It is an election year in Greece, and on Symi both candidates for the office of Mayor are well aware that with a majority of just nine votes last time around, every vote is vital. They are also aware that with non-Greek EU nationals voting in numbers for the first time in municipal elections, the 120 or so new votes that are up for grabs are particularly important. In the first
of the two articles that the Greek newspaper “Ta Nea” carried about Symi in the past month (both can be read
in English or Greek on the SymiGreece website), the candidature of a British woman was the focus of interest. In fact, since the article was written, another British woman has joined the race, this time for the other candidate.
Some are encouraged by this participation of non-Greeks. Indeed, to quote the editorial of the September 2006 edition of the English language Symi Visitor Free Monthly, the non-Greek editor Nicholas Shum, sees this as “an encouraging sign of the extent to which the foreign contingent is becoming integrated into Symiot society.” While this perceived integration may indeed be the case, an alternative interpretation is also possible. Put simply, if the non-Greeks were becoming integrated into Symiot society why is there a need for non-Greek candidates to attract their votes? Could it be that both mayoral candidates know that the best way to secure the non-Greek vote on Symi is to have non-Greeks for the non-Greeks to vote for? Could it be that when one mayoral candidate secured a non-Greek on their ticket, the other had little choice but to do the same? If this were indeed the case, it would be viewed as a sign of a distinct lack of integration of the foreigners into Symiot society.
One thing that is certain is that the Symiots are rightly very proud of their island and its Greek identity. Symi has always been Greek, even during the centuries of foreign occupation, and we are sure it always will be. The non-Greeks may come and live on Symi but there exists a common perception that many of them have a colonial mentality which runs contrary to the aspirations of the Symiots who wish to preserve what is worth preserving of their history and environment, but also to take steps forward to make their lives better. It is this mentality and not a particular nationality that may deter Symiots from voting for non-Greek candidates, both of whom have declared that at least part of their reason for running is to promote the interests of the non-Greeks.
We wish all the candidates, Greek or otherwise, well in the election and await the result with great interest. We agree with Mr Shum that the final tally of votes for each candidate could be most revealing.
In last month's editorial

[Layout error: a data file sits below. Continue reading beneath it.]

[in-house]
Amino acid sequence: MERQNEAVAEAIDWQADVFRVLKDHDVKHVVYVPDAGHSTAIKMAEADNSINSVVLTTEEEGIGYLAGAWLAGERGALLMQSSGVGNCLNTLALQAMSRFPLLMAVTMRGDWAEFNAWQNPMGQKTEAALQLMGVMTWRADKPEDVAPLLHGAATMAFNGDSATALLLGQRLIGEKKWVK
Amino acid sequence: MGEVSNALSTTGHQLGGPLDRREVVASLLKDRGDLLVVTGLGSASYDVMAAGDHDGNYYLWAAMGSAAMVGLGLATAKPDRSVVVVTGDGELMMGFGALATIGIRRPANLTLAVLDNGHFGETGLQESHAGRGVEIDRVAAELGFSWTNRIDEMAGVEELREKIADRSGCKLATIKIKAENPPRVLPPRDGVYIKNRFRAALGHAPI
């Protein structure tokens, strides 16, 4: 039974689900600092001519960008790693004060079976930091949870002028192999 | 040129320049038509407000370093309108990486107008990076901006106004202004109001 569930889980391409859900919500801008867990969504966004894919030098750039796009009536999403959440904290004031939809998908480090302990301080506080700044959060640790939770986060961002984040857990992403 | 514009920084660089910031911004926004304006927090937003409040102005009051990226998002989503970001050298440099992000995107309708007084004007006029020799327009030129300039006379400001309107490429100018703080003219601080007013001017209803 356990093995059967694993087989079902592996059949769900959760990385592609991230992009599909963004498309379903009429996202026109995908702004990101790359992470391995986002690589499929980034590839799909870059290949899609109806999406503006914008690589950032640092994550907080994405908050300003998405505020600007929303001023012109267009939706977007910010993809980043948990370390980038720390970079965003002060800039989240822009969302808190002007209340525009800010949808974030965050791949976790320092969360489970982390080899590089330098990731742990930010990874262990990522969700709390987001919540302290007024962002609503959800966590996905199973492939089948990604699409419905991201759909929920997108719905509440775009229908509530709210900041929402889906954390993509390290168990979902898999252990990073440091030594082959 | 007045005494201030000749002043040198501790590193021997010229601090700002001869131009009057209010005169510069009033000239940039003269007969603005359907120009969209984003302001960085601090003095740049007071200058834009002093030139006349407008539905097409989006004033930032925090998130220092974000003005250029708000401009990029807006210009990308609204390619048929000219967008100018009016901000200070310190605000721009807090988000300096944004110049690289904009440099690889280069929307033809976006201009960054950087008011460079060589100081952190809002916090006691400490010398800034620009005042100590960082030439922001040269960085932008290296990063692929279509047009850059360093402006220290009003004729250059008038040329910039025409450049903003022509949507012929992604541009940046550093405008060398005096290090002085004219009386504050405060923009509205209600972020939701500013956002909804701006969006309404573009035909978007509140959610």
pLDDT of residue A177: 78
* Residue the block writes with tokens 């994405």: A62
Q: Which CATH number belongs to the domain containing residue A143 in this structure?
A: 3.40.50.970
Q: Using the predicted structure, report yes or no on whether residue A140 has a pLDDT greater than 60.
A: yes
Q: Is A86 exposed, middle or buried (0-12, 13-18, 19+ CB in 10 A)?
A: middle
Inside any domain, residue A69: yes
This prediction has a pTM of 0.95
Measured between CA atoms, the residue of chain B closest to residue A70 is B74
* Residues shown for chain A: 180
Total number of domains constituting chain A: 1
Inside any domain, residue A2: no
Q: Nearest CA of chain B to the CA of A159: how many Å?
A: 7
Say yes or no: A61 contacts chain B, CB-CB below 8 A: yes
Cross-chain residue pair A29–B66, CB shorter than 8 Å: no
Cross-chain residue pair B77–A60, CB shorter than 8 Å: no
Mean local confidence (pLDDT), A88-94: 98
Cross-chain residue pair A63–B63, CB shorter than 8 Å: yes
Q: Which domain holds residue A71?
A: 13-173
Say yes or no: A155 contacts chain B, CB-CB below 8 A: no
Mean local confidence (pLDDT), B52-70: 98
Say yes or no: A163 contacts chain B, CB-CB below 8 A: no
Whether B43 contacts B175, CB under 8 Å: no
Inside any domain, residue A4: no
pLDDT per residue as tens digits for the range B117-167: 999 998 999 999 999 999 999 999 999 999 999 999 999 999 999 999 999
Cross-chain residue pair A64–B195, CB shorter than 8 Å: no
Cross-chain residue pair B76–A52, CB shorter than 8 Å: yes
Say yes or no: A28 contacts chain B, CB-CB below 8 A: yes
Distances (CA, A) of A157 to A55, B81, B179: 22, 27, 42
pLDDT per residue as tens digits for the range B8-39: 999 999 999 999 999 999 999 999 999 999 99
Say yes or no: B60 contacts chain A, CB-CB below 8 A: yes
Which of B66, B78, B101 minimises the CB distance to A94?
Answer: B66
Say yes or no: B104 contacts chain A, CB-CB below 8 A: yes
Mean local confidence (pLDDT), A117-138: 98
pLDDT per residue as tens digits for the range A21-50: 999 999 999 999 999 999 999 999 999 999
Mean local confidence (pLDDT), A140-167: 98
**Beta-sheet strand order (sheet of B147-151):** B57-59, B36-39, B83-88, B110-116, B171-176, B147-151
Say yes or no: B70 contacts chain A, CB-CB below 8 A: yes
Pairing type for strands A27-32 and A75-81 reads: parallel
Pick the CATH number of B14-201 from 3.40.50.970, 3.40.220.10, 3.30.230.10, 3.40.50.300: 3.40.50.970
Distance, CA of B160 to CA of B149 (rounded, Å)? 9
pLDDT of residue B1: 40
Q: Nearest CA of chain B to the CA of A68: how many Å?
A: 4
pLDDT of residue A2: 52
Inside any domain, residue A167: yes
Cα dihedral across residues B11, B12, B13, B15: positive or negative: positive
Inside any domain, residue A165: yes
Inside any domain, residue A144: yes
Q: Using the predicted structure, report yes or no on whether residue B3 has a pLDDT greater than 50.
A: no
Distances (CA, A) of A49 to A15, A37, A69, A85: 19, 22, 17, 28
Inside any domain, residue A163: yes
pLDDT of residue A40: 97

we took exception to what we perceived to be the interference of the Symi Visitor Free Monthly, and particularly its editor, in politics on Symi and also the upset caused by a particular anti-muslim paragraph in its front-page article.
On the issue of road-building, something that we called the editor’s pet-peeve, we are glad to report that both mayoral candidates mention in their manifestos their commitment to building roads and opening up the island to improve tourism. We agree wholeheartedly with them and wish whoever finds themselves in office in mid-October, the best of luck in bringing their road-building plans to fruition. We hope that those opposed to their plans can accept that these roads are what the overwhelming number of Greek people on Symi want. Symi is beautiful and has much to offer everyone, but it is not a caricature or a Disneyland to be locked away in a glass case, and must be allowed to grow and develop if it is to give a living to the people who live here. SymiGreece trusts that any plans for the island that the Symi people find contentious will be vigorously debated. On the issue of road-building, the debate is long over and the decisions have been made.
Mr Shum, the editor of the Symi Visitor Free Monthly who so managed to upset locals and visitors alike with an anti-muslim paragraph last month concedes that he was guilty of “sloppy journalism” but does not offer any apology. He mentions the offence he caused only in a reply to a letter he received. He claims that the opinions he expressed were not his but those of the crew of the Dodekanisos Pride taking part in the evacuations from Lebanon in July. Why did he allow such a clearly anti-muslim statement to be printed last month without any acknowledgement that this was, as he says himself this month, “at variance with one’s own received impression of the situation”? Sloppy journalism indeed, and for those most deeply offended there is no sign that Mr Shum’s attempt at back-pedalling is in any way an acceptable retreat from an unacceptable position. The flippancy of his statement “Interestingly, I have also been informed that the article was un-necessarily anti-Israeli. You can’t please everyone.” is very much misplaced. For Ali, a long-time Symi-resident who SymiGreece interviewed
last month, Mr Shum has done nothing but aggravate the situation.